It is hard to see one's own blind spots. But it is not impossible. I take a personal inventory (almost) every day. I adopted this practice nearly 5 years ago. Because of this, it is harder for me to fool myself. In my professional life, I have a big and likely inflated ego about my teaching which lets me fool myself. I'm working hard to promptly admit when I am wrong. I think I am getting better at looking at myself honestly and critically. This at least lets me see opportunities for change when I am not actively fooling myself.

Be intentional
This look at oneself and one's practices has to be intentional. I make time to do it every day. Like an individual, an institution has to look at itself honestly and critically and OFTEN. I do think my school really is trying to update its mission and practices for 2016, but we are doing it right now because we are up for accreditation. We are trying to be honest and we are trying to be self-critical. But we have a hard time at looking at some basic assumptions maybe because we don't look at ourselves often enough.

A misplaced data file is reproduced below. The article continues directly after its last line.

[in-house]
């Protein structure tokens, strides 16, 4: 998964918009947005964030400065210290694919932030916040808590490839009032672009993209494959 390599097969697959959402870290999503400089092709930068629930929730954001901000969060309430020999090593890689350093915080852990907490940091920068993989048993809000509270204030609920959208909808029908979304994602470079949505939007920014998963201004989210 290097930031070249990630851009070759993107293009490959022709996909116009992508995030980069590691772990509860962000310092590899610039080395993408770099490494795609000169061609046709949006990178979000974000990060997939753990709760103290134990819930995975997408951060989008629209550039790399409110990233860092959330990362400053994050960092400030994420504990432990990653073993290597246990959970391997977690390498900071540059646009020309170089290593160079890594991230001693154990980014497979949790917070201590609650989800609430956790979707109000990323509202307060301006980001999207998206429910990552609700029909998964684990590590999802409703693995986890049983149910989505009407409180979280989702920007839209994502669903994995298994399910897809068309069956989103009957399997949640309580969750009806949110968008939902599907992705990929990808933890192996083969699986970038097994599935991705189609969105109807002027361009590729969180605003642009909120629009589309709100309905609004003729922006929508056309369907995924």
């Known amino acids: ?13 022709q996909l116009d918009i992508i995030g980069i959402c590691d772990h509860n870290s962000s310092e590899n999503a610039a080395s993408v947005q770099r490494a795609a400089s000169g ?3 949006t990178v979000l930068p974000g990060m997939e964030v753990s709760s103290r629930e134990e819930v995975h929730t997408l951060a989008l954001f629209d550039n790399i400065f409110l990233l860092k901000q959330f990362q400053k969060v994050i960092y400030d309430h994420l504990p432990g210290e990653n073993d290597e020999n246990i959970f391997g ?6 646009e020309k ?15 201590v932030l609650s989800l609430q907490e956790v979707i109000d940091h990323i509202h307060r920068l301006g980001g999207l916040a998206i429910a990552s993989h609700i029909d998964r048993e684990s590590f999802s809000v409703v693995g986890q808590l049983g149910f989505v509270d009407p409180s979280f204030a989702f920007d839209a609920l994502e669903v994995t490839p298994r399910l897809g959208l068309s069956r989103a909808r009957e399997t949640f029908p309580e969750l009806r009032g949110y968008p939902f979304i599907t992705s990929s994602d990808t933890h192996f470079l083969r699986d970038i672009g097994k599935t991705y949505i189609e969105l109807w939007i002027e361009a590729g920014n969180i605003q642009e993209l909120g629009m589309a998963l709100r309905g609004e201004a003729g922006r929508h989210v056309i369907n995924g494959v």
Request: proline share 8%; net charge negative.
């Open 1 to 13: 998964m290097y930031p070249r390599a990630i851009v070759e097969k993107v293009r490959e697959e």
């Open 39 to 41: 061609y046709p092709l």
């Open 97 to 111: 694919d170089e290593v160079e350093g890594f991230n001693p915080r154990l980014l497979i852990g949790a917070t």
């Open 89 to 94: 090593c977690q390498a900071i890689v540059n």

• My school has used the same report card for 40 years. What are the assumptions we make about grading?
  • Why are so many of our tests full of "what" questions? What are the assumptions we make about tests?
  • Why do we continue to emphasize summative assessment at the expense of other tools? Why are our assessments always given at the end, and not during when the information could inform instruction?
  • Why do we group students of the same size and age together most of the day instead of grouping by interest and/or ability? Surely we do this because this is how it has been done since the 19th century. It is just what school looks like. 
  • Why is learning chunked into 40 minute periods? 

This is hardly an exhaustive list, but these questions are unasked and thus unanswered.  Traditions and institutional memory lead to tremendously powerful inertia.

Other blind spots? The people trying to fix and change schools and the people who are comfortable with the status quo likely were all very good at school themselves. It worked for them. This leads to all sorts of unquestioned assumptions and blind sports.

Friday, December 2, 2016

One Wish for Google Classroom

I'm really liking the flexibility of Google Classroom. It is a very effective and intuitive blended learning tool. I wish it had an umbrella page for students so they could see all of their work at a glance. Perhaps they could somehow add a Google Calendar link or have assignments save automatically to Google Calendar but have it viewed within Classroom. I know that Google says that Classroom isn't going to be a full LMS, that this is not their vision for it.